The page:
Tuesday, June 28, 2011

F-35 and 'Misleading' Cost Estimates

And I'd describe the term 'misleading' as "generous"...

Loren Thompson, the Lexington Institute founder, and policy wonk the Non-State Actors and Opposing Ax-Grinder types love to hate has a 'pretty good' column up at Forbes titled "Massive Cost Estimate For Fighter Program Is Misleading" where he bemoans the curious external cost estimate 'inflation' that is all the rage and afflicting the F-35 program these days.

I'm not a huge fan of Thompson (or of his lead Defense Policy Wonk Dr. Goure) but then again I'm not a fan of pure defence 'policy' experts in general. The mere need to attach 'policy' to the moniker usually screams a certain 'political' and not 'technical' expertise. The 'big picture' view of 'policy' types often leads them to not pay close enough attention to the hard details --and then they falter in reinforcing their points by using flawed anecdotes or examples.This penchant, I believe, detracts from their ability to get their message across and can harm their credibility in the eyes of those they seek to influence the most: marginally involved and undecided politicos (directly)... and (indirectly) a large part of the interested public.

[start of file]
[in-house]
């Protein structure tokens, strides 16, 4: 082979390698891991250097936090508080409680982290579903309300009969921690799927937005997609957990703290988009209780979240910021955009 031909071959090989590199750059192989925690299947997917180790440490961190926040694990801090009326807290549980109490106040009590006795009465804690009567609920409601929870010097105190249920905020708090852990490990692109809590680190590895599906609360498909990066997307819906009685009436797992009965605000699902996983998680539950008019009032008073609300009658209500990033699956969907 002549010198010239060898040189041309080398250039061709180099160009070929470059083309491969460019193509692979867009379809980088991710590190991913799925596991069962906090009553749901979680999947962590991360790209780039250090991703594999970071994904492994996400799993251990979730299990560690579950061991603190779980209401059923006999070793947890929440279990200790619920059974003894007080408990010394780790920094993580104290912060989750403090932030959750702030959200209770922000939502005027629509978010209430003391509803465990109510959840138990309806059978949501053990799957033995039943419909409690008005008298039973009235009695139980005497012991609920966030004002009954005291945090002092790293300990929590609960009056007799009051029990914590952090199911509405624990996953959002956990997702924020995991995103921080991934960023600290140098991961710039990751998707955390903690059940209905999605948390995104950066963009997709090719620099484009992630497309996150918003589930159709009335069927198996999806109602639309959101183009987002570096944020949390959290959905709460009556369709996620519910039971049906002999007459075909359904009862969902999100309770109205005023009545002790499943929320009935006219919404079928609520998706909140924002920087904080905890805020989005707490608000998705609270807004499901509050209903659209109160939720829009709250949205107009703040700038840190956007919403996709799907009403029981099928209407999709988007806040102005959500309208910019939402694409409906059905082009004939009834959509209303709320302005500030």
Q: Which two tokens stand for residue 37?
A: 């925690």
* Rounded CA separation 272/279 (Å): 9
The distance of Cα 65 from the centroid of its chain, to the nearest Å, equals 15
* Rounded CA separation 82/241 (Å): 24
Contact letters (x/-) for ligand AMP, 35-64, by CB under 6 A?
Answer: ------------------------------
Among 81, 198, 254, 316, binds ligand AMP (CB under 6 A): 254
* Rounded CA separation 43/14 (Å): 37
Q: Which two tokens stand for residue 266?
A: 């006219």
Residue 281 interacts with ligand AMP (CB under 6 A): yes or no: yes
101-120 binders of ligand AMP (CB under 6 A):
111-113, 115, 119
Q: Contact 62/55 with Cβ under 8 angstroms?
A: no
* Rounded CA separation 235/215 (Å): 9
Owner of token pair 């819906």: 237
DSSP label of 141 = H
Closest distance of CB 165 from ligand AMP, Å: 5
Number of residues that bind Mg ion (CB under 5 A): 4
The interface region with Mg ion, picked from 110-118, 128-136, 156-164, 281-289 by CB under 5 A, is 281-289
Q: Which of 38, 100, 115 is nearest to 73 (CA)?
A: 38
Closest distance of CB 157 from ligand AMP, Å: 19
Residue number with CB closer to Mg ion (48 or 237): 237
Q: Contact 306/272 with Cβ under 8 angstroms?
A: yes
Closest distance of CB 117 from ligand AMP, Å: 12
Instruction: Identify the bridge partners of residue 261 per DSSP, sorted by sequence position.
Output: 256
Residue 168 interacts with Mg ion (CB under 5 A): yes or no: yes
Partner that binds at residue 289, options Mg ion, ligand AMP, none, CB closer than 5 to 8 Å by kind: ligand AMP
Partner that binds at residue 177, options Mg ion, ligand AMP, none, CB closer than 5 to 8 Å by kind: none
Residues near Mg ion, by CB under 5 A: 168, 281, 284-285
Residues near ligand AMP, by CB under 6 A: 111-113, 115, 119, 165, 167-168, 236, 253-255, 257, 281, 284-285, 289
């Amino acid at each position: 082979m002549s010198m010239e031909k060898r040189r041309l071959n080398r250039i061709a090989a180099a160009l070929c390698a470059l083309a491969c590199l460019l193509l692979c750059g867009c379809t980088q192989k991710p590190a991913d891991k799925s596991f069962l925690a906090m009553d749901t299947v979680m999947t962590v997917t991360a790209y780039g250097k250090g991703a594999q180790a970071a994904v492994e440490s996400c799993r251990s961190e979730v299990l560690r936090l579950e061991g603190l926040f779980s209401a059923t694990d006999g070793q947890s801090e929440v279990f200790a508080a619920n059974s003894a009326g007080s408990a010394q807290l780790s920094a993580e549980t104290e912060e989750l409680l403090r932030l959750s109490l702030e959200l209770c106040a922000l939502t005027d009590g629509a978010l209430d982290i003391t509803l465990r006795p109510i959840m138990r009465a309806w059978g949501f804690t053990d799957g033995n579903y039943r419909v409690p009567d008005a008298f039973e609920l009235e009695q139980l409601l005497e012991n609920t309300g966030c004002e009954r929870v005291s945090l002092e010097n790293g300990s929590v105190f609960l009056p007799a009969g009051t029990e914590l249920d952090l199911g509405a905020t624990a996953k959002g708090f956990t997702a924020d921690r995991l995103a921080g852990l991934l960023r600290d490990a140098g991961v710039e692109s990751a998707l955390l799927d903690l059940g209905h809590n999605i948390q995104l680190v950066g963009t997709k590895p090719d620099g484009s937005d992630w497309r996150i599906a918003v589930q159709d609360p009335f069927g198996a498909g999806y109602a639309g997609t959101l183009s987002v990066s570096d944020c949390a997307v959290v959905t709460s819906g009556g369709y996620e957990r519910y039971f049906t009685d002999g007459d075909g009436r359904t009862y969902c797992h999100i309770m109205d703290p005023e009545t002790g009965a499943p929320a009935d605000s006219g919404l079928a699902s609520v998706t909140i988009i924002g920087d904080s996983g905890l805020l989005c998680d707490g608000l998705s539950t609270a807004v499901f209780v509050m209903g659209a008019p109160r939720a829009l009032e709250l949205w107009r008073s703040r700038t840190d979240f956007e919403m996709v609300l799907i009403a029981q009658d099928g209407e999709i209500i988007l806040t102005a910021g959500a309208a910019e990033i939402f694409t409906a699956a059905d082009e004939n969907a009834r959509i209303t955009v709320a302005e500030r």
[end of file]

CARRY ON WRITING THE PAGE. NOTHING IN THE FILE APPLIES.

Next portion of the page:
But after the early missteps in the piece (which I will discuss shortly), Thompson lays out a very good review of what is actually going on with all the 'funny' numbers  being thrown around concerning the F-35 program.

Read it ALL.

Missteps and Gems

The Missteps:
My comments in [brackets]
1."The F-35 Joint Strike Fighter is the most expensive weapons program the U.S. Department of Defense is currently funding. The reason it’s [the program] so costly is that the Clinton Administration decided in 1993 to replace a slew of cold-war combat aircraft operated by three different military services with a single family of planes.
[This is an oversimplification to say the least. As I've posted before, the reasons are more accurately :
a. The simultaneous procurement of the AF’s High-Low mix (F-15 & F-16) in the 70s-80s. It should surprise no one that concurrent acquisition increases probability of concurrent obsolescence. The F-16s are in a little better shape wear-and-tear-wise than the F-15, but the Stealth Revolution and advances in near-peer fighter and air defense technology is bringing obsolescence to both fighters at about the same rate.